Career Academies: A High School Reform That Has Worked

By Becky Smerdon and Aimee Evan (guest authors)

To date, there are only a handful of rigorous research studies on high school reform strategies. One notable exception is a study conducted by one of the National High School Center’s partners, MDRC.[1] The MDRC evaluation shows that students attending career academies have been less likely to drop out than those not in a career academy, have taken more courses, and are more likely to graduate on time.[1] Moreover, career academy students, specifically young men, earn more in the marketplace than do non-career academy students.[1,2]

Career academies typically have three common characteristics; they: (a) are small learning communities, (b) employ a career-theme-embedded college preparatory curriculum, and (c) partner with employers, the community and/or local post-secondary institutions to provide students with opportunities for internships, job shadowing, job talks, and other motivating activities that provide students with real world connections.[3]

Federal programs, such as the Small Learning Communities Program and Race to the Top, indirectly support career academies, and several states have legislation supporting career academies, which are typically implemented in high schools. For example, California provides support for nearly 500 Partnership Career Academies at hundreds of high schools through multiple funding streams. Florida requires that every district have at least one career academy.  And many school districts, often in large urban areas, have restructured their high schools into small learning communities, many of which are career academies. Miami-Dade County Public Schools, the New York City Department of Education, and the Houston Independent School District are just a few of the urban systems that have supported and promoted the career academy model as a major strategy for high school reform efforts.[4]

One of the conclusions drawn from MDRC researchers: “Investments in career-related experiences during high school can produce substantial and sustained improvements in the labor market prospects and transitions to adulthood of youth.” As more districts and states create and implement career academies, it is important to note another conclusion drawn by the MDRC researchers: career academies are challenging to implement on a large scale with high levels of fidelity; thus, evaluation findings to date may not apply to programs that are partially implemented or that use only selected features of the career academy approach.[5] In other words, as we are reminded time and again from research and evaluation studies of school reform, implementation is critical.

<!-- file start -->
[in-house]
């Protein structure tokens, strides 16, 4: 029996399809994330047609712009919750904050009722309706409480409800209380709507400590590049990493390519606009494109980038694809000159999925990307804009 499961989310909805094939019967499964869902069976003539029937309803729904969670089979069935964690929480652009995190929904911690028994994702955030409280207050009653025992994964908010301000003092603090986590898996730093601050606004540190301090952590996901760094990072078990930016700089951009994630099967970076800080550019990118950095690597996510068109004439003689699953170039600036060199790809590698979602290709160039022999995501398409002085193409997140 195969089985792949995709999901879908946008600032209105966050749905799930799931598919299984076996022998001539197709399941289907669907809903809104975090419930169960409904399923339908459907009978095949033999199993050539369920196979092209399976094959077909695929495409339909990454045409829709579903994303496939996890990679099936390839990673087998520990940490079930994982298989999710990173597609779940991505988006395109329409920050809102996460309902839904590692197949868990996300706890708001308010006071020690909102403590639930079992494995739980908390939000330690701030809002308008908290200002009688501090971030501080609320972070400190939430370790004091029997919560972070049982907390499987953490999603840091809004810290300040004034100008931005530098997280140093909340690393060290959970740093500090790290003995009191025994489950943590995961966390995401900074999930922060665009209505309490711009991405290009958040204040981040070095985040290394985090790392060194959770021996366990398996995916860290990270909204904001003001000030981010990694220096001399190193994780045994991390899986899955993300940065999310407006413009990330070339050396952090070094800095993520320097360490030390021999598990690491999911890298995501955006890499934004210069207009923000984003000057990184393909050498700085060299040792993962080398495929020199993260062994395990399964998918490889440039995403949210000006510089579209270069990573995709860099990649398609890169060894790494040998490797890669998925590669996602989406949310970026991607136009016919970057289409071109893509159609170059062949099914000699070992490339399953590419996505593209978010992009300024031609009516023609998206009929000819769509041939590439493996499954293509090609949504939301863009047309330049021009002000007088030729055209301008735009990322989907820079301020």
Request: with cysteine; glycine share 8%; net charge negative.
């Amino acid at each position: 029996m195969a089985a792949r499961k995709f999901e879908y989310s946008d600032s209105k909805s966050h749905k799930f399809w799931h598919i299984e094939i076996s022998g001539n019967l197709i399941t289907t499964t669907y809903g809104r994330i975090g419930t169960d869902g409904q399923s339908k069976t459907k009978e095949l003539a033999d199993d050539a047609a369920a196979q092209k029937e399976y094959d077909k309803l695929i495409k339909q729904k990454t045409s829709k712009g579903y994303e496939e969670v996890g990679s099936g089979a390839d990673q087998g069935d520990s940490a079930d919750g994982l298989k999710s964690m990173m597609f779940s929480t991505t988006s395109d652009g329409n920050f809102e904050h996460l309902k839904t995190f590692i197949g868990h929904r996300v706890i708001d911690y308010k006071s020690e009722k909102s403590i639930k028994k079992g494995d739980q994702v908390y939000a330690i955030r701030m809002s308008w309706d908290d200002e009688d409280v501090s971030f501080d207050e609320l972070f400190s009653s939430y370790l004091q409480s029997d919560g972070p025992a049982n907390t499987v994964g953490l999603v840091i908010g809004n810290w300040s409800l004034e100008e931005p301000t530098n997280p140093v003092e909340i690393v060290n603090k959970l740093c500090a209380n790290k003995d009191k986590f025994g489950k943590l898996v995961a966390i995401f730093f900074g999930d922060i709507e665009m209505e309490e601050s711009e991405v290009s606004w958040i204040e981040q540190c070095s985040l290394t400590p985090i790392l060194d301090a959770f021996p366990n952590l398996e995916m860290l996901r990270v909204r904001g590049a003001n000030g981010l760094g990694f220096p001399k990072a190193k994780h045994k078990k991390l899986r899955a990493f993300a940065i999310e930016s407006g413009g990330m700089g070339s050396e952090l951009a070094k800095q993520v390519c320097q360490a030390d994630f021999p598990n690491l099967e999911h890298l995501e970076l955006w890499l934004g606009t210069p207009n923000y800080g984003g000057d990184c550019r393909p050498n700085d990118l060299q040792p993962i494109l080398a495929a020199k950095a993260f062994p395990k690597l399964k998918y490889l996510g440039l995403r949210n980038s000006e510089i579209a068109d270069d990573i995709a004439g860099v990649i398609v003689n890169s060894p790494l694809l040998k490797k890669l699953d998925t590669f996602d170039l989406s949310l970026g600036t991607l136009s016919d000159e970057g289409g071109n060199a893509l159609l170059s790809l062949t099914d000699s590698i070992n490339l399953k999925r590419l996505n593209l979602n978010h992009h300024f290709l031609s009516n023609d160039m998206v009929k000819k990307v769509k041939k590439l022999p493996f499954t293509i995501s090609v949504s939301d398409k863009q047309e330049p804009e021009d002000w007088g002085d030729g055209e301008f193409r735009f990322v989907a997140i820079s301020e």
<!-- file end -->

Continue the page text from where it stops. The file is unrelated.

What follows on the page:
Guest Authors:  Becky Smerdon is founder and Managing Director of Quill Research Associates, LLC. Aimee Evan is a Senior Research Associate at Quill Research Associates, LLC.

 

Note: This blog post was originally authored under the auspices of the National High School Center at the American Institutes for Research (AIR). The National High School Center’s blog, High School Matters, which ran until March 2013, provided an objective perspective on the latest research, issues, and events that affected high school improvement. The CCRS Center plans to continue relevant work originally developed under the National High School Center grant. National High School Center blog posts that pertain to CCRS Center issues are included on this website as a resource to our stakeholders.


 

[1] Kemple, J., & Snipes, J. (2000).  Career academies: Impacts on students' engagement and performance in high school. New York, NY: MDRC; Kemple, J.J., & Willner, C.J. (2008). Career academies: Long term impacts on labor market outcomes, educational attainment, and transitions to adulthood. New York; NY: MDRC.

[2] For the National High School Study’s publication on this study, see: http://www.betterhighschools.org/pubs/usergd_balance.asp

[3] Stern, D., Dayton, C., Raby, M. (2000). Career academies: Building blocks for reconstructing American high schools. University of California Berkeley. Career Academy Support Network.

[4] Brand, B. (2009). High school career academies: A 40-year proven model for improving college and career readiness. Washington, DC: American Youth Policy Forum.

[5] Kemple, J.J., & Willner, C.J. (2008). Career academies: Long term impacts on labor market outcomes, educational attainment, and transitions to adulthood. New York; NY: MDRC.

Add new comment

Filtered HTML

  • Web page addresses and e-mail addresses turn into links automatically.
  • Allowed HTML tags: <a> <em> <strong> <cite> <blockquote> <code> <ul> <ol> <li> <dl> <dt> <dd> <i>

Plain text

  • No HTML tags allowed.
  • Web page addresses and e-mail addresses turn into links automatically.
  • Lines and paragraphs break automatically.
To prevent automated spam submissions leave this field empty.
CAPTCHA
This question is for testing whether you are a human visitor and to prevent automated spam submissions.